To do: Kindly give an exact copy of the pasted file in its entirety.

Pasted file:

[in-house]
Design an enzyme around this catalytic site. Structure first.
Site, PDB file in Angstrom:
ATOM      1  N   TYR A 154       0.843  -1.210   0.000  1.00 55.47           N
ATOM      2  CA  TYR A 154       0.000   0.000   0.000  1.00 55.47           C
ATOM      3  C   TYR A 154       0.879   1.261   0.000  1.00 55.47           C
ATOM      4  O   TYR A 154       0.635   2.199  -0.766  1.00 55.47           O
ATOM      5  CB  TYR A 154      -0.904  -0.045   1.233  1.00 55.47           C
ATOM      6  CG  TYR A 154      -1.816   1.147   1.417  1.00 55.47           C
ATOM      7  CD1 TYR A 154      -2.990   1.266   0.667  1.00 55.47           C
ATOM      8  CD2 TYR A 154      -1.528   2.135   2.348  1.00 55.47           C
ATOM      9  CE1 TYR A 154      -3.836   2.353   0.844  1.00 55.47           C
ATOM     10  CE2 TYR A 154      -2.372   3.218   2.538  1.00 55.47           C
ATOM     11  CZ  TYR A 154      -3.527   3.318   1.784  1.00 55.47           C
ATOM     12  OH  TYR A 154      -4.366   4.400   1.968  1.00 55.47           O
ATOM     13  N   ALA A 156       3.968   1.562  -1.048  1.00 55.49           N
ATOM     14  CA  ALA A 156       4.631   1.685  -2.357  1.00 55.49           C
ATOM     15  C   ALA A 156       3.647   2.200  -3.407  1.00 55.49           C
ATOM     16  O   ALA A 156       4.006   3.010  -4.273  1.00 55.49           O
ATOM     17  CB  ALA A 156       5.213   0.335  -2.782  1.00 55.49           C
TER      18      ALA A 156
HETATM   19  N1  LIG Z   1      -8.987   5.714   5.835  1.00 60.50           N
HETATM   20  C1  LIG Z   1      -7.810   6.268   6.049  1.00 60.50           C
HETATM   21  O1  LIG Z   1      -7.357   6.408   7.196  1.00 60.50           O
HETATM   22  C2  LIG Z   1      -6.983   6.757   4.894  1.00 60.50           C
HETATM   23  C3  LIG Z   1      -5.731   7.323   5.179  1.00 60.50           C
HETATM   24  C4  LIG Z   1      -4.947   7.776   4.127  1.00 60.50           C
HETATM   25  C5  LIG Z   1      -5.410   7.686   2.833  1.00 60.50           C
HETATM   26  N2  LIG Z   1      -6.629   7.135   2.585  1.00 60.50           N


[in-house]
Design an enzyme around this catalytic site. Structure first.
Site, PDB file in Angstrom:
ATOM      1  N   TYR A 154       0.843  -1.210   0.000  1.00 55.47           N
ATOM      2  CA  TYR A 154       0.000   0.000   0.000  1.00 55.47           C
ATOM      3  C   TYR A 154       0.879   1.261   0.000  1.00 55.47           C
ATOM      4  O   TYR A 154       0.635   2.199  -0.766  1.00 55.47           O
ATOM      5  CB  TYR A 154      -0.904  -0.045   1.233  1.00 55.47           C
ATOM      6  CG  TYR A 154      -1.816   1.147   1.417  1.00 55.47           C
ATOM      7  CD1 TYR A 154      -2.990   1.266   0.667  1.00 55.47           C
ATOM      8  CD2 TYR A 154      -1.528   2.135   2.348  1.00 55.47           C
ATOM      9  CE1 TYR A 154      -3.836   2.353   0.844  1.00 55.47           C
ATOM     10  CE2 TYR A 154      -2.372   3.218   2.538  1.00 55.47           C
ATOM     11  CZ  TYR A 154      -3.527   3.318   1.784  1.00 55.47           C
ATOM     12  OH  TYR A 154      -4.366   4.400   1.968  1.00 55.47           O
ATOM     13  N   ALA A 156       3.968   1.562  -1.048  1.00 55.49           N
ATOM     14  CA  ALA A 156       4.631   1.685  -2.357  1.00 55.49           C
ATOM     15  C   ALA A 156       3.647   2.200  -3.407  1.00 55.49           C
ATOM     16  O   ALA A 156       4.006   3.010  -4.273  1.00 55.49           O
ATOM     17  CB  ALA A 156       5.213   0.335  -2.782  1.00 55.49           C
TER      18      ALA A 156
HETATM   19  N1  LIG Z   1      -8.987   5.714   5.835  1.00 60.50           N
HETATM   20  C1  LIG Z   1      -7.810   6.268   6.049  1.00 60.50           C
HETATM   21  O1  LIG Z   1      -7.357   6.408   7.196  1.00 60.50           O
HETATM   22  C2  LIG Z   1      -6.983   6.757   4.894  1.00 60.50           C
HETATM   23  C3  LIG Z   1      -5.731   7.323   5.179  1.00 60.50           C
HETATM   24  C4  LIG Z   1      -4.947   7.776   4.127  1.00 60.50           C
HETATM   25  C5  LIG Z   1      -5.410   7.686   2.833  1.00 60.50           C
HETATM   26  N2  LIG Z   1      -6.629   7.135   2.585  1.00 60.50           N